New Day Jazz

Justin Desmangles

Note: Prof. Pisano has been rescheduled to Sunday, March 8, 2015.

This afternoon, in the 5 o'clock hour, I am joined by Claudia Moreno Pisano, discussing her most recent book, Amiri Baraka and Edward Dorn: The Collected Letters.


From the end of the 1950s through the middle of the 1960s, Amiri Baraka & Edward Dorn, two self-consciously avant-garde poets, fostered an intense friendship primarily through correspondence. The early 1960s found both poets just beginning to publish and becoming public figures. Bonding around their commitment to new and radical forms of poetry and culture, Dorn and Baraka created an interracial friendship at precisely the moment when the Civil Rights Movement was becoming a powerful force in national politics. The major premise of the Dorn-Jones friendship as developed through their letters was artistic, but the range of subjects in the correspondence shows an incredible intersection between the personal and the public, providing a schematic map of what was so vital in postwar American culture to those living through it.

Their letters offer a vivid picture of American lives connecting around poetry during a tumultuous time of change and immense creativity. Reading through these correspondences allows access into personal biographies, and through these biographies, profound moments in American cultural history open themselves to us in a way not easily found in official channels of historical narrative and memory.


“Baraka and Dorn were at the very heart of two of the most significant developments in American literature in the decades after World War II, the so-called New American Poetry and the Black Arts Movement. That fact alone makes this book one that will interest scholars and poets in many otherwise divergent communities. The letters commence near the beginnings of these two artists’ careers. We not only witness the poetic development of these two crucial figures, but we witness it against the background of the evolution of the Civil Rights Movement into the Black Power era. And both writers have much to say about the unfolding revolution in jazz that was taking place alongside the explosive social transformations of American society. The book is filled with significant surprises.”—Aldon Lynn Nielsen, author of Reading Race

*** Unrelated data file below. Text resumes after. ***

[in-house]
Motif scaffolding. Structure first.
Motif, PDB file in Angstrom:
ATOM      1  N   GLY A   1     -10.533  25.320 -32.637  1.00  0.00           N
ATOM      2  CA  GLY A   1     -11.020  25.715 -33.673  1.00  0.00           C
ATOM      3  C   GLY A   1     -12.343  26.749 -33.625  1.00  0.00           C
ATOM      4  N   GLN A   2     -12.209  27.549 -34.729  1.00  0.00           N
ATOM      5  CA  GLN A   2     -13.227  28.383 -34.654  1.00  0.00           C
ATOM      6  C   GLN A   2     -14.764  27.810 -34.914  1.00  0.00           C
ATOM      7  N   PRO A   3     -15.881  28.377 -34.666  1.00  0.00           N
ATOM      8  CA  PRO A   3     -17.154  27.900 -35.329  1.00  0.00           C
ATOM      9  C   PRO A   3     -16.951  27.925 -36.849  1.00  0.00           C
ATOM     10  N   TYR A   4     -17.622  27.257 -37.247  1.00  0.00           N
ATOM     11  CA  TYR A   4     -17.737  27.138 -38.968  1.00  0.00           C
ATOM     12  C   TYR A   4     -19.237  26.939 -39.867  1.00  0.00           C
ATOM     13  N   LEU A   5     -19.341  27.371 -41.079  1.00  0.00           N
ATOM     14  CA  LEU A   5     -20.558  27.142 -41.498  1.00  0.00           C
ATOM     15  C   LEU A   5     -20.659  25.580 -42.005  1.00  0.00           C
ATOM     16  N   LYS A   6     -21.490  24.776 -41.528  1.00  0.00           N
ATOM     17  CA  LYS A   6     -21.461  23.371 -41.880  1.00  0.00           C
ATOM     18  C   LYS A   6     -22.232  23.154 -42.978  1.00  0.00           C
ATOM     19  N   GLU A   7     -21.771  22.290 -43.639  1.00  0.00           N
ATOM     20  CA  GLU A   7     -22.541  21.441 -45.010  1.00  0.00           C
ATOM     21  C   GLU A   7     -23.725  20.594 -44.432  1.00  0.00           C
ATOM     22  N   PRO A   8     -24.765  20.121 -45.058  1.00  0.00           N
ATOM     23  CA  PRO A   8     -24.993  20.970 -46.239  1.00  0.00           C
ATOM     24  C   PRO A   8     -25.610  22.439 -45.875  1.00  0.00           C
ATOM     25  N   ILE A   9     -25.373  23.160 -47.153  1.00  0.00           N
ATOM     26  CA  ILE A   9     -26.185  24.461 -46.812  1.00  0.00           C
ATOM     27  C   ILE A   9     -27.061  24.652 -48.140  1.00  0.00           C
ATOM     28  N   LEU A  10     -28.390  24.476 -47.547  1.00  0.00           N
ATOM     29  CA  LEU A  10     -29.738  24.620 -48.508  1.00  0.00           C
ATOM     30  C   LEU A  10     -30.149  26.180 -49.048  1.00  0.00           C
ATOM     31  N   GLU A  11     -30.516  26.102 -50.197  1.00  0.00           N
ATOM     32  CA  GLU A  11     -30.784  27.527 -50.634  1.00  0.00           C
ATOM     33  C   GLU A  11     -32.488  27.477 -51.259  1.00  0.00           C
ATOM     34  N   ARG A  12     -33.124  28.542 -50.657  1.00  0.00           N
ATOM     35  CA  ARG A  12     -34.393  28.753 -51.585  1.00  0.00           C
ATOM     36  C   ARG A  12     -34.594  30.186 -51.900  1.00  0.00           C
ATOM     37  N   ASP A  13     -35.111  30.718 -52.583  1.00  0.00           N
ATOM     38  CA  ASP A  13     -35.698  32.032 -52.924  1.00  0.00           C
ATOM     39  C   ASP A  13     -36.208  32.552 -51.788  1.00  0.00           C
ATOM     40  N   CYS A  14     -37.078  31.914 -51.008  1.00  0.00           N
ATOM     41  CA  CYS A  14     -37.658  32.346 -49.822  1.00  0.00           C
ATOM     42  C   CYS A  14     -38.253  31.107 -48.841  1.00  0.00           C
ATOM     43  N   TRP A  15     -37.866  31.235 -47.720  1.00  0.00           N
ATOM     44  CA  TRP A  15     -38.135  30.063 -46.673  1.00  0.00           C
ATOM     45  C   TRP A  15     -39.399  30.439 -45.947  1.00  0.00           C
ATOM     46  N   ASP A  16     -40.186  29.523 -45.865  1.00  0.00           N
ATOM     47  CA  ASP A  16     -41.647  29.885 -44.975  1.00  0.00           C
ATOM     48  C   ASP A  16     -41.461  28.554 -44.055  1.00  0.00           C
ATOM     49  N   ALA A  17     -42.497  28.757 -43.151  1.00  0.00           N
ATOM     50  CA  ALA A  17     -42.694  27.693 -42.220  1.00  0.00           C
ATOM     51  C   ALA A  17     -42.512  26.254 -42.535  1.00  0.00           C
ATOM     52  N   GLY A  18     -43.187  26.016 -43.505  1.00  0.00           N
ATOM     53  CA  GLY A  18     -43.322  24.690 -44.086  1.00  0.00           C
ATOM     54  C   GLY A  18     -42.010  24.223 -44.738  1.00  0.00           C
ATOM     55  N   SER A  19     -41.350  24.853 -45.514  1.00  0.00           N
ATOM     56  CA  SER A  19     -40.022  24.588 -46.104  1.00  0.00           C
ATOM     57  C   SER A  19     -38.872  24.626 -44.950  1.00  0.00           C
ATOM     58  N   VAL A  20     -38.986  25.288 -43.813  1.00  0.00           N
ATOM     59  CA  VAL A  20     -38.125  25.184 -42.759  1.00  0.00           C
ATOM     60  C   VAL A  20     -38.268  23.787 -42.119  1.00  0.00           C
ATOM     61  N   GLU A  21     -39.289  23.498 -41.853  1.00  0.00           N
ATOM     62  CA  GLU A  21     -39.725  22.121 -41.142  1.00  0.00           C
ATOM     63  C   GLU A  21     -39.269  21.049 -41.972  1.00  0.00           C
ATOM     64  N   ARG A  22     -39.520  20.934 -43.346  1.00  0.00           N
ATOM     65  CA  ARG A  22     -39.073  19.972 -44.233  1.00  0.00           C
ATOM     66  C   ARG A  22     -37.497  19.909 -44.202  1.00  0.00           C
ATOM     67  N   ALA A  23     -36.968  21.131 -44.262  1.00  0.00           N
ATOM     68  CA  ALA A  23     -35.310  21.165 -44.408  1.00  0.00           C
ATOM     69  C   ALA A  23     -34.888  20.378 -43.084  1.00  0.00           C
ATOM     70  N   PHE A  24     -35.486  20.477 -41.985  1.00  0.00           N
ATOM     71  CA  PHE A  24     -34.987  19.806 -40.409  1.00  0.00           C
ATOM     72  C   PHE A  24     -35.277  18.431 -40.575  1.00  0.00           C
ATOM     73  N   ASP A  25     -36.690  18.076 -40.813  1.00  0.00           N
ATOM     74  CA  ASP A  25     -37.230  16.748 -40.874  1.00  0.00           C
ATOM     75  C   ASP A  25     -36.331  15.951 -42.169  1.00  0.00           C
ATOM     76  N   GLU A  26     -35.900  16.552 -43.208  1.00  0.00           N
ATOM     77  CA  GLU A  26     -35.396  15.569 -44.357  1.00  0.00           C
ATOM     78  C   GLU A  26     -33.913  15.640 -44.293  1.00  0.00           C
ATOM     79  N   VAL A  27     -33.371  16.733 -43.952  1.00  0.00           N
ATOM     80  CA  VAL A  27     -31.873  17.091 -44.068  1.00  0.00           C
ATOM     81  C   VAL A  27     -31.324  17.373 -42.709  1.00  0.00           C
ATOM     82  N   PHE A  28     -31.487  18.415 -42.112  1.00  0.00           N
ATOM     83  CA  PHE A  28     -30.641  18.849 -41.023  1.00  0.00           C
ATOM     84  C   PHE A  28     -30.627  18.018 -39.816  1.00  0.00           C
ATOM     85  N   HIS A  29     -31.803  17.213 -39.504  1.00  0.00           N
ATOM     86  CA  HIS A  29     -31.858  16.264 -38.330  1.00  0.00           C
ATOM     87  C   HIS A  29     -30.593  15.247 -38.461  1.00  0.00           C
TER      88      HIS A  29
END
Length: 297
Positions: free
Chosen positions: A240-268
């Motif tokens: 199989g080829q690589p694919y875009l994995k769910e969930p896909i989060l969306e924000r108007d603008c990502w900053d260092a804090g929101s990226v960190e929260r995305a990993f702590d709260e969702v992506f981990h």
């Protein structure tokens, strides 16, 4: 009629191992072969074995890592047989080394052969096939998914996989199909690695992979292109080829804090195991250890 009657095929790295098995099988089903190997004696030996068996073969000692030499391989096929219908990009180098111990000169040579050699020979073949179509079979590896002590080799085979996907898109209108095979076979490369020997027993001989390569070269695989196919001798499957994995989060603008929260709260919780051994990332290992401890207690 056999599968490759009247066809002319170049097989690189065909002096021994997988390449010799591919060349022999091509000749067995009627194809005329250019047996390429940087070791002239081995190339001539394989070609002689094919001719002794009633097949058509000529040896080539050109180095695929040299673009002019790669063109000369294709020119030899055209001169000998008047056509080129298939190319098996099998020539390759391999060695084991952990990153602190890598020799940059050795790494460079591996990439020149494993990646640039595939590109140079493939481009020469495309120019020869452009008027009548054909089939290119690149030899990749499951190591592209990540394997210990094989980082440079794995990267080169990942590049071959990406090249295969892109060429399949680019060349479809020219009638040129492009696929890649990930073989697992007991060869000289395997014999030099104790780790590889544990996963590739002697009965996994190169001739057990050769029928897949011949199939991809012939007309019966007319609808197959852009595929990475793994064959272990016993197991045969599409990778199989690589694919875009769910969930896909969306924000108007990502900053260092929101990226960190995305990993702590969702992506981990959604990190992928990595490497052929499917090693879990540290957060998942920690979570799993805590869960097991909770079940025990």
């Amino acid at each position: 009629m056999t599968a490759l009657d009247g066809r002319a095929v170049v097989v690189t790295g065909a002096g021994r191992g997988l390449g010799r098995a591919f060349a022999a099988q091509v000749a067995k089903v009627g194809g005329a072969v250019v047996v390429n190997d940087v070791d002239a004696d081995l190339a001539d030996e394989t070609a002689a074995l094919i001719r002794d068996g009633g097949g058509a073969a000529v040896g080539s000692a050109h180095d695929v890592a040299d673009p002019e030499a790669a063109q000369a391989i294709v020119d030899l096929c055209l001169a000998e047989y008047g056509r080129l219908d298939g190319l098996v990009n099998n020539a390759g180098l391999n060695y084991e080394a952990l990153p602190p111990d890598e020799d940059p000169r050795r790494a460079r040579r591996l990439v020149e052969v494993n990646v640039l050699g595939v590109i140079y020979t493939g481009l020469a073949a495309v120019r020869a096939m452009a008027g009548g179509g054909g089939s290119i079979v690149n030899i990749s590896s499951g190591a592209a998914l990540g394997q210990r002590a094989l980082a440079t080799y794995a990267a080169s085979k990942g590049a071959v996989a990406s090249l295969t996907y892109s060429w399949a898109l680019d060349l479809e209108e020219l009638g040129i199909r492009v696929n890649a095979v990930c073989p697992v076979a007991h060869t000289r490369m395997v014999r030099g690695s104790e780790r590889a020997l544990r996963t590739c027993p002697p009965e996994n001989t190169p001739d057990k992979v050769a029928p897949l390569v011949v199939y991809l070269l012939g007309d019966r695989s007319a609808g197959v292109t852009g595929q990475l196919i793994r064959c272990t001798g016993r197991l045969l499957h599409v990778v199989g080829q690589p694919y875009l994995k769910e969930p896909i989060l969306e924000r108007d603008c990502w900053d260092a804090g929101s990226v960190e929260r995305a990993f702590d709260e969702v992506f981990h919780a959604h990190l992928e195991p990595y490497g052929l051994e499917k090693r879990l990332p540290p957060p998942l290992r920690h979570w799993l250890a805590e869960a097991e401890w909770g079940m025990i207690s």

“These two poets had to struggle to make a living. Baraka was making a transition during the years he corresponded with Dorn from the predominantly white New York avant-garde scene to the black nationalist politics of the mid and late 1960s. Through much of this period Baraka worked tirelessly on Dorn’s behalf just to get his manuscripts published. These letters give readers a sense of the generous collaboration of avant-garde poets in the 1960s.”—Robert 
von Hallberg, author of American Poetry and Culture, 1945–1980

Genre

Jazz

Missed the Show?

MP3 Stream 320kbps, broadband

Sunday 2/22/2015 @ 3:00PM - 6:00PM
ArtistSongAlbumLabelComments
Ray Charles What'd I Say What'd I Say Atlantic
Ray Charles Jumpin' in the Mornin' What'd I Say Atlantic
Miles Davis All-Stars Blue 'N Boogie Walkin' Prestige
Hampton Hawes Quartet Blue 'N Boogie All Night Session Vol. 2 Contemporary
Ron Carter & Jim Hall Blue Monk Live at the Village West Concord
Airbreak
Horace Silver Quintet The Natives Are Restless Tonight Song for My Father Blue Note
Horace Silver Trio Opus de Funk New Faces - New Sounds Blue Note
Art Pepper Opus de Funk Art Pepper + Eleven Contemporary
Tadd Dameron Look, Stop and Listen The Magic Touch Riverside
Abbey Lincoln Little Niles It's Magic Riverside
Abbey Lincoln Afro-Blue Abbey is Blue Riverside
Margaret Walker For My People Anthology of Negro Poets Folkways
Airbreak
Duke Ellington Orchestra U.M.M.G. . . . and his mother called him Bill RCA
Duke Ellington Orchestra Boo-Dah . . . and his mother called him Bill RCA
Duke Ellington Orchestra Blood Count . . . and his mother called him Bill RCA
Sheila Jordan Falling in Love with Love Portrait of Sheila Blue Note
Sheila Jordan If You Could See Me Now Portrait of Sheila Blue Note
Claude McKay St. Isaac's Church, Leningrad Anthology of Negro Poets Folkways
Claude McKay The Tropics in New York Anthology of Negro Poets Folkways
Tommy Flanagan Trio Relaxin' at Camarillo Overseas Prestige
Charles Mingus Conversation East Coasting Bethlehem
Airbreak
Sterling Brown Long Gone Anthology of Negro Poets Folkways
T-Bone Walker You Don't Love Me Classics of Modern Blues Blue Note Re-issue Series
T-Bone Walker Blue Mood Classics of Modern Blues Blue Note Re-issue Series
Lester Young D.B. Blues The Aladdin Sessions Blue Note Re-issue Series
Langston Hughes I, Too Anthology of Negro Poets Folkways
Lester Young No Eyes Blues The Aladdin Sessions Blue Note Re-issue Series
Lester Young Too Marvelous for Words Lester Swings Verve
Lester Young Let's Fall in Love Lester Swings Verve
Beverly Kenney Almost Like Being in Love Beverly Kenney Sings for Johnny Smith Roost
Beverly Kenney Stairway to the Stars Beverly Kenney Sings for Johnny Smith Roost
Bill Evans & Jim Hall Stairway to the Stars Undercurrent United Artists
Airbreak
Sheila Jordan When the World Was Young Portrait of Sheila Blue Note
Sheila Jordan Let's Face the Music and Dance Portrait of Sheila Blue Note
Sonny Clark Deep Night Cool Struttin' Blue Note
Airbreak
The Brass Ensemble of the Jazz & Classical Music Society featuring Miles Davis Three Little Feelings The Brass Ensemble of the Jazz & Classical Music Society Columbia